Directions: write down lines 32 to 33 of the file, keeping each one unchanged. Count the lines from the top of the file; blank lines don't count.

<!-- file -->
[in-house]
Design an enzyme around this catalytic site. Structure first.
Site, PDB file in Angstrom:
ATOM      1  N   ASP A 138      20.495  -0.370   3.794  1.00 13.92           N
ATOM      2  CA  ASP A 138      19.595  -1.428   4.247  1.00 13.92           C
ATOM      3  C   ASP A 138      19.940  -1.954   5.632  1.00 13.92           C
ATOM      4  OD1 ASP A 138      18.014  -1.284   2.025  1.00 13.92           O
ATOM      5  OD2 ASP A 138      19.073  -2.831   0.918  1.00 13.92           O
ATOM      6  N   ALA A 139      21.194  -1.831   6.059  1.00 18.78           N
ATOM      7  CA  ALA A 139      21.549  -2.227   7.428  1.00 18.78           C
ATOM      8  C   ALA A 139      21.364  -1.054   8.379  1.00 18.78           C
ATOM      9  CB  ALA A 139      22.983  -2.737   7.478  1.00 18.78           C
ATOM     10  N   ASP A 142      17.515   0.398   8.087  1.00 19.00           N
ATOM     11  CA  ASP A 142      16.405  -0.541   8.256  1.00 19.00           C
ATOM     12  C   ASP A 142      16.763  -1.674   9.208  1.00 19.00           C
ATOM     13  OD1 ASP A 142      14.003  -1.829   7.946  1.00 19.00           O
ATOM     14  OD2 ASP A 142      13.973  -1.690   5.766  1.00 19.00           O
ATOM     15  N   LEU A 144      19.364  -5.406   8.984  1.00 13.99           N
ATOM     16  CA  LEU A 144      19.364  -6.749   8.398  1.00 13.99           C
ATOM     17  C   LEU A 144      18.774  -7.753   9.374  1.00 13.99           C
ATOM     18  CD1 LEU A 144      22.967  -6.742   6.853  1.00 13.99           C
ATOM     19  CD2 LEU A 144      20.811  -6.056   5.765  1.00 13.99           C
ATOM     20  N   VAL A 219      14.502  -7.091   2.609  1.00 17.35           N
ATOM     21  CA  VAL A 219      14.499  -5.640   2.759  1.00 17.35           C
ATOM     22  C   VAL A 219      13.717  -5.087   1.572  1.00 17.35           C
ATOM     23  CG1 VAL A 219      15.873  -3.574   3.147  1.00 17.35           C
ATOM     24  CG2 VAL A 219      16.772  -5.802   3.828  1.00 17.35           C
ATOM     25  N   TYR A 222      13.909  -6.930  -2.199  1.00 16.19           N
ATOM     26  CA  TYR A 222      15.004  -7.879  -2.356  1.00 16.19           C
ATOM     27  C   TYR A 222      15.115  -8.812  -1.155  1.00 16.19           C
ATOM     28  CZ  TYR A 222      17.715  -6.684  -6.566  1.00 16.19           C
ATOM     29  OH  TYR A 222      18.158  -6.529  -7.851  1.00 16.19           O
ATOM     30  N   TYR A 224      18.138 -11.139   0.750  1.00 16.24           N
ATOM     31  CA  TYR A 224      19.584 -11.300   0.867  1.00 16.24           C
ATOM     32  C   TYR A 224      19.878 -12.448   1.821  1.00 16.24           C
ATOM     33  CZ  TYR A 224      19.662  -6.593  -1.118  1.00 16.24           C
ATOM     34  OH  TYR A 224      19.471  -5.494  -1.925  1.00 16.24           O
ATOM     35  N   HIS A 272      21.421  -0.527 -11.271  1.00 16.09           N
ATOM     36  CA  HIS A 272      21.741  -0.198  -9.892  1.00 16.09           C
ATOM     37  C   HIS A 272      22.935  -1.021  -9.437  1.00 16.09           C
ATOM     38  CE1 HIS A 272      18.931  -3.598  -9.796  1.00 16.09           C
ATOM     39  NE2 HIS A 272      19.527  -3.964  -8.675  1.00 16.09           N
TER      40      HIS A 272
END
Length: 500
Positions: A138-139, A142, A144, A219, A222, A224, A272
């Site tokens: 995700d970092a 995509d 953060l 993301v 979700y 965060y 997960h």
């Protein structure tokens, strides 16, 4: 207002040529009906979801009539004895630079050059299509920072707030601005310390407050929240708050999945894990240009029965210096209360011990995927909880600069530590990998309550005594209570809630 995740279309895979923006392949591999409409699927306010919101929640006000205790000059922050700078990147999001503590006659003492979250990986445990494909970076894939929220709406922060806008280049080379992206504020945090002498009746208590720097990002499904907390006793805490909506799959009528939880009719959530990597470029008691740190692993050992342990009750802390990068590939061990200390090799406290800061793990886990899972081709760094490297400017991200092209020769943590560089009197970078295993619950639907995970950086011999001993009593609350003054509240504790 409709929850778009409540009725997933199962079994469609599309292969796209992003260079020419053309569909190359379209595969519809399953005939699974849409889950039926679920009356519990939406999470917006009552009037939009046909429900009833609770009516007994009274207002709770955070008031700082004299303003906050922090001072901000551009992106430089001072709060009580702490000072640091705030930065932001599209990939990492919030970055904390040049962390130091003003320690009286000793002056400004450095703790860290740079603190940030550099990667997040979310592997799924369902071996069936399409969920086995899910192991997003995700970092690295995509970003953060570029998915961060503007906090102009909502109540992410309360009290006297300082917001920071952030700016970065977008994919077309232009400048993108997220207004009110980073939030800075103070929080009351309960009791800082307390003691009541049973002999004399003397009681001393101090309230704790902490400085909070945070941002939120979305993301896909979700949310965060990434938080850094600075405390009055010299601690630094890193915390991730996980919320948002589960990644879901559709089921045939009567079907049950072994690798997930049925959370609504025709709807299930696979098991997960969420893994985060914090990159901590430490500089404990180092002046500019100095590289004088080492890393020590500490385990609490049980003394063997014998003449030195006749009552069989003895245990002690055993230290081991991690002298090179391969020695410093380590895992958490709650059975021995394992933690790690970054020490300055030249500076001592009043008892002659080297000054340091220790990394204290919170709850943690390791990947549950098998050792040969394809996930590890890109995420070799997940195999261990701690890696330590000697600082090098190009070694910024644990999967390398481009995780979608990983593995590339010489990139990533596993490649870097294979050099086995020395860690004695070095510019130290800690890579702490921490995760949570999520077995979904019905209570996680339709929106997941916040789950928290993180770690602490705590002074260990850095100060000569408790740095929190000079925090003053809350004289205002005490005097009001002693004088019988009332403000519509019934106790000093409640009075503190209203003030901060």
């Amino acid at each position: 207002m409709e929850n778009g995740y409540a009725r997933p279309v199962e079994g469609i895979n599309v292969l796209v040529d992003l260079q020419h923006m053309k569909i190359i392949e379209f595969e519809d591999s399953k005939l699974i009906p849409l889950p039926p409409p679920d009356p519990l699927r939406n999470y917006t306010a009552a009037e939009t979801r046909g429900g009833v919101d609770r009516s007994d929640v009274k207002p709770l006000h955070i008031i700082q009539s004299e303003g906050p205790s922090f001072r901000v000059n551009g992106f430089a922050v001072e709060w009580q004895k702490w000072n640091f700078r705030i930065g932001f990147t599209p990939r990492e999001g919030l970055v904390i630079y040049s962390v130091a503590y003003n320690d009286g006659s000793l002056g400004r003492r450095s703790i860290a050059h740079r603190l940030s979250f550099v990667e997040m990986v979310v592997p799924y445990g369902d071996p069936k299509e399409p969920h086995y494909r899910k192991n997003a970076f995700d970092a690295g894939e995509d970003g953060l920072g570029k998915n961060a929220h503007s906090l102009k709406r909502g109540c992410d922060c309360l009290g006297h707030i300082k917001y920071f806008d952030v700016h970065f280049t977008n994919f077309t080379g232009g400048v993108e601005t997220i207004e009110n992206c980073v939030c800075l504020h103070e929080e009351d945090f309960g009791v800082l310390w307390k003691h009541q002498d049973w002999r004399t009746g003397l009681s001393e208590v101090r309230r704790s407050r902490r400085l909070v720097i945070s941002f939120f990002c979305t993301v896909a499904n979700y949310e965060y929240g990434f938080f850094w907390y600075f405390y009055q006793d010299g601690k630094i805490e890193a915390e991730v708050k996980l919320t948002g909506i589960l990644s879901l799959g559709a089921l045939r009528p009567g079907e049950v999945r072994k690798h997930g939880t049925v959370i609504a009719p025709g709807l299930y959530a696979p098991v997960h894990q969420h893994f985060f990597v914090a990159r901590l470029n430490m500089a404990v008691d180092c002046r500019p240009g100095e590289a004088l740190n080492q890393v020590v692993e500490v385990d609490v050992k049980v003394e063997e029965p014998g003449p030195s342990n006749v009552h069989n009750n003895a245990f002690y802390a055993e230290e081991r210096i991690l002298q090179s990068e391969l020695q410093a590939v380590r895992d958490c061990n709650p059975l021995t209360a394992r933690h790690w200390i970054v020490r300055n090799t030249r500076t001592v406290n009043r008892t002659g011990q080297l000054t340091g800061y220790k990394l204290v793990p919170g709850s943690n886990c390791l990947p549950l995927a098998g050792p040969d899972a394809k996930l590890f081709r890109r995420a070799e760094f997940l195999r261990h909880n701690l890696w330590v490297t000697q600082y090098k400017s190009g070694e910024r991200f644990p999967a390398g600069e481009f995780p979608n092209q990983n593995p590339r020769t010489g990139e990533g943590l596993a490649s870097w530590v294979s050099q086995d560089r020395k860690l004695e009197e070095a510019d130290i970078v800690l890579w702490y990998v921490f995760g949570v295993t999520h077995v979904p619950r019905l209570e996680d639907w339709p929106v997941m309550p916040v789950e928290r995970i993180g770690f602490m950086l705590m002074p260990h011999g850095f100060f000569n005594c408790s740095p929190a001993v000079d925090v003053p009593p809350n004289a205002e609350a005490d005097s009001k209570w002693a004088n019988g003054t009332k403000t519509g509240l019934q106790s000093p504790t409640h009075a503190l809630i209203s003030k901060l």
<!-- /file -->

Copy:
ATOM     29  OH  TYR A 222      18.158  -6.529  -7.851  1.00 16.19           O
ATOM     30  N   TYR A 224      18.138 -11.139   0.750  1.00 16.24           N